Also, in the case of the spinning rings, if their animation is achieved through CHR bankswitching, it would make much sense to use the ring that's already there, spinning and all, but in the bg side of the patterns. Repeating the animation on the sprite side would also be a big waste of space.

Well, that's why I like 8x16 sprites. Both have advantages and disadvantages, depending on what you're doing.


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PostPosted: Sun May 07, 2006 2:43 am 
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I think you're right, if 8x8 or 8x16 the best really depends of the game.
However, in some case, 8x8 can be better even for a platform game, such as MegaMan, that is always made of 8x8 sprites. His head is another color than his armor, and his head is just a 8x8 sprite. If Capcom would have coosen 8x16 sprites for their MegaMan games, they would be forced to make the head sprite 8x16, and that would be 4 sprites on the same line below the head (there is 3 normally), so it would involve more useless flickering in the game.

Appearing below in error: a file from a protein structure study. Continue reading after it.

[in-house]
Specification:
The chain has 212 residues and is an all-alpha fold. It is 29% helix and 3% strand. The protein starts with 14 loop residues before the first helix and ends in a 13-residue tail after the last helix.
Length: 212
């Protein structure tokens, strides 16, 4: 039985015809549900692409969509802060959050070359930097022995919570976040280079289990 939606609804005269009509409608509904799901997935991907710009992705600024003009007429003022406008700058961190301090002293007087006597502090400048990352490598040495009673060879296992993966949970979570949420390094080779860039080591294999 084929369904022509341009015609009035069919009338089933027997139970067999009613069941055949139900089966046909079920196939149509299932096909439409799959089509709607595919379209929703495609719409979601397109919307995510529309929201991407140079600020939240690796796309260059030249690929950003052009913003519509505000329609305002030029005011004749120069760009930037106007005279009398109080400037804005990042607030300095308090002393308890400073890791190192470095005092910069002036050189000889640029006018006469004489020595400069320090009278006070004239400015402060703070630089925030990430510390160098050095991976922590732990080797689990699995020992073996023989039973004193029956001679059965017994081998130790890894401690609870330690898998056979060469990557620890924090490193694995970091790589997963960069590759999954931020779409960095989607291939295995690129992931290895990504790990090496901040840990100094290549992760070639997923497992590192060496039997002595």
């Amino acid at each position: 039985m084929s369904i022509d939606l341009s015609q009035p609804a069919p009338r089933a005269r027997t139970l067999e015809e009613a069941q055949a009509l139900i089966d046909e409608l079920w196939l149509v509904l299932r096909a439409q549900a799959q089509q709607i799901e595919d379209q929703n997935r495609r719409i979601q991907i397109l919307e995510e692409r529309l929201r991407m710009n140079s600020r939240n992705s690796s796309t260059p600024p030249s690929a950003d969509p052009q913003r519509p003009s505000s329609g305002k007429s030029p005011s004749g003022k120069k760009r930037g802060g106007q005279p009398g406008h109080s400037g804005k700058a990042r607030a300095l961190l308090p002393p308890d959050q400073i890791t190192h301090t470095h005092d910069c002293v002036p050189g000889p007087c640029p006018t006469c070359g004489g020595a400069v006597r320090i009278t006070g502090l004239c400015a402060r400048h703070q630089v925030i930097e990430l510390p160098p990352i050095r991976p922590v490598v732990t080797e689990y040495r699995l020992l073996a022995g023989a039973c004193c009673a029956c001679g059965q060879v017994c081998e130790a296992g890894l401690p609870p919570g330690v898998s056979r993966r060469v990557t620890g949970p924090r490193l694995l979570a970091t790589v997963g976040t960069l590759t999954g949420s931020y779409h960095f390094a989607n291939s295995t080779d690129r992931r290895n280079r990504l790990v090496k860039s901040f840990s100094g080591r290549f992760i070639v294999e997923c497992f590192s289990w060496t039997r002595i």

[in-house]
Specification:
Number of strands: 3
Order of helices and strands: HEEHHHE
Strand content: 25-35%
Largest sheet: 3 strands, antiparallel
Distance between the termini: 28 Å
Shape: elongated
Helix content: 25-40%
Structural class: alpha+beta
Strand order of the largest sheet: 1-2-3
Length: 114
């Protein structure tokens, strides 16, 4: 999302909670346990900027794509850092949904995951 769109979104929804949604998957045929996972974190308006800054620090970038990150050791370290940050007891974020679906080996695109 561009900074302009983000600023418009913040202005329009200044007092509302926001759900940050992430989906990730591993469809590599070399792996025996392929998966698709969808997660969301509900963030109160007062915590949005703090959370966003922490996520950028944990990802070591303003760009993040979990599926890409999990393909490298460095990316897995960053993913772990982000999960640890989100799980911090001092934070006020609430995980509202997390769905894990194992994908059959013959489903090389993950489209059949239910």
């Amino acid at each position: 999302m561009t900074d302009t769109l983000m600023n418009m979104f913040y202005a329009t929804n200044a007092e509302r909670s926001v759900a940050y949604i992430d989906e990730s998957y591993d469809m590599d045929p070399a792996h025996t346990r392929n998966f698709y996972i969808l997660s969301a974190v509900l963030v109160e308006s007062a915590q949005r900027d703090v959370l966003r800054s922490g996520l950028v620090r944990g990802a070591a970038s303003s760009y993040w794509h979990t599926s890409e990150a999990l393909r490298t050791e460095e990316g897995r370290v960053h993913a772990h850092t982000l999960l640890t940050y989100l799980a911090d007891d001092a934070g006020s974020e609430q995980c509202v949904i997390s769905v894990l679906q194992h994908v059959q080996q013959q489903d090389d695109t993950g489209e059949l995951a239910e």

What I hate with 8x16 sprites is that even if you're drawing a small ball or something that is only 4 pixels large and 4 pixels whide, you still have to waste 2 full tiles for it. Your pattern talbe is going to be mostly blank if you use a lot of small bullets and items, such as in Contra.
Even for platformers, I think 8x8 really helps to animate characters while keeping the pattern table not too big.
8x16 is really usefull only to merge BG and Sprite tiles, as you explained.
Bah, you could still have two copies of the ring tiles in both pattern tables, that would be 2 tiles or so in each pattern table. To annimate them, you could use CHR-RAM and write the data to them periodically. Of course that works fine as long as you annimate *only* them. If you're doing other background annimation, then you're fine as you said. Exept that if you're using an MMC3, you cannot use it's IRQ, because the lines that have sprites in the first pattern table will false the counter and the IRQ will happen too early randomly.